How Bob Marley’s Son Learned From Failure And Started A Multi-Million Dollar Coffee Company

Posted on Friday, August 22nd, 2014 at 12:31 pm

Marley Coffee is still a relatively small company, having churned out $6 million in revenue in 2013. But founder Rohan Marley, one of Bob Marley’s children, has big plans for his Jamaican-born coffee business.

In 1999, Rohan Marley was 27. He had played linebacker for the University of Miamibefore moving on to the Canadian Football League. Now he found himself in New York City, wanting to do more with his life–to make a name for himself as a Marley.

In a serendipitous twist, a friend contacted Marley about an opportunity to purchase a property in Jamaica. Though he’d only lived in Jamaica as a child before moving to the U.S. at age 12, Marley had recently received $200,000 in royalties from his father’s music. So he made a trip to Jamaica to look at the property and couldn’t believe what he found.

“The first thing I saw was all the fruits–apple, starfruit, pineapple–tons of fruit growing wildly, and I was seeing all the food going to waste,” he recalls in his thick Jamaican accent. “While I’m walking, I’m thinking, ‘Wow, this land is really fertile.’ When I approached the river, I couldn’t believe my eyes that this property was in Jamaica. Here’s this beautiful piece of property for sale–I thought it was a conspiracy.”

On impulse, Marley forked over his $200,000 and bought the 52-acre property. As he was walking off the land, he noticed an entire community of people standing there, trying to figure out what he was up to. “The only thing I could think to say was, ‘What’s the community known for?’ They said coffee, and by the time they knew my name, I was saying, ‘Well alright, the community is known for coffee, so let’s get down to specifics,'” he says. “My next question: ‘Do you know anything about coffee? They said, ‘Yes, Mr. Marley, we’ve been farming all our lives.'”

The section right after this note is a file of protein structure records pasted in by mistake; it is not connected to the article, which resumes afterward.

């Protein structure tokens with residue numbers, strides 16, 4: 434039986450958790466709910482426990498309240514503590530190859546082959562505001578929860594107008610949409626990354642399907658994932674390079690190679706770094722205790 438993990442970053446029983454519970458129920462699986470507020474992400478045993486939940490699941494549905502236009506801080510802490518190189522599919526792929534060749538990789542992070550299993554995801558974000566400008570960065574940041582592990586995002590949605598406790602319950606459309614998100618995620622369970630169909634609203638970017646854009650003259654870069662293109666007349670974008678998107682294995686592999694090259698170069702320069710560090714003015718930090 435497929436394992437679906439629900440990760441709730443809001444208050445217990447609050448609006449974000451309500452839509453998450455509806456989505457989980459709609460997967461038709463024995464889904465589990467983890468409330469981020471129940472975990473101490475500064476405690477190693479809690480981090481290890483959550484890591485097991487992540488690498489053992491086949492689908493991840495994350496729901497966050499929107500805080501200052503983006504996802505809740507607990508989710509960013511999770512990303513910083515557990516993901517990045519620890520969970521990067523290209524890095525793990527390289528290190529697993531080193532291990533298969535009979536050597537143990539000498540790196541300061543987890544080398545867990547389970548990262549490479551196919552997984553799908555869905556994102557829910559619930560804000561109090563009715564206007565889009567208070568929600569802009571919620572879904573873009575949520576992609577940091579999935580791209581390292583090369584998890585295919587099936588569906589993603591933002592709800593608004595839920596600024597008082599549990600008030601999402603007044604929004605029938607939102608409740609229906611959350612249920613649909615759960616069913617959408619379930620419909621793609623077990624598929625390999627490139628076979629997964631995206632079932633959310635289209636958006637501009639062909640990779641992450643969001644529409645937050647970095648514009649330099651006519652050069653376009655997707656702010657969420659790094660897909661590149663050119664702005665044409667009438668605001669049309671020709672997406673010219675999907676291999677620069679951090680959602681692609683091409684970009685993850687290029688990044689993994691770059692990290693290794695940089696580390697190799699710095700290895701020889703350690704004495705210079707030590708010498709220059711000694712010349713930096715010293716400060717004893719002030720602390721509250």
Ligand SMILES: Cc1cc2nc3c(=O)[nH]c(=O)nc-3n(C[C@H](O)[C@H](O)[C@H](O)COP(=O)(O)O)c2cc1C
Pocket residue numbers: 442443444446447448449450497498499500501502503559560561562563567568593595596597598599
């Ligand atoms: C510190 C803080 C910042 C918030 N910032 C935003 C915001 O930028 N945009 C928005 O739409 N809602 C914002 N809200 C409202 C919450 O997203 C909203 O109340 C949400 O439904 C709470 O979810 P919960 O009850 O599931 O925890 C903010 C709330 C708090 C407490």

It didn’t take long for him to decide that he wanted to start a coffee business–one that was emphatically organic. “I’m a Rasta man, and I can’t have a piece of land that isn’t something I want to eat from,” he explains.

It was a long haul from Marley’s initial coffee-growing idea to creating a functional business. Marley spent eight years applying for an export license, organic certification, and a coffee-growers license. The learning curve was steep.

“I gave my coffee to a roaster in Jamaica–I gave him 1,000 pounds–and he never returned the bag. He said it was all bad coffee,” Marley remembers. “I decided this wasn’t working for me. I told the farmers, ‘Take all the raw materials, sell it, do what you need to do to keep the farm going.'”

Between 2004 and 2006, Marley helped his sister start a clothing company, which eventually ran out of money and shut down. Marley once again needed to reevaluate his life. He packed two duffel bags and headed to Ethiopia.

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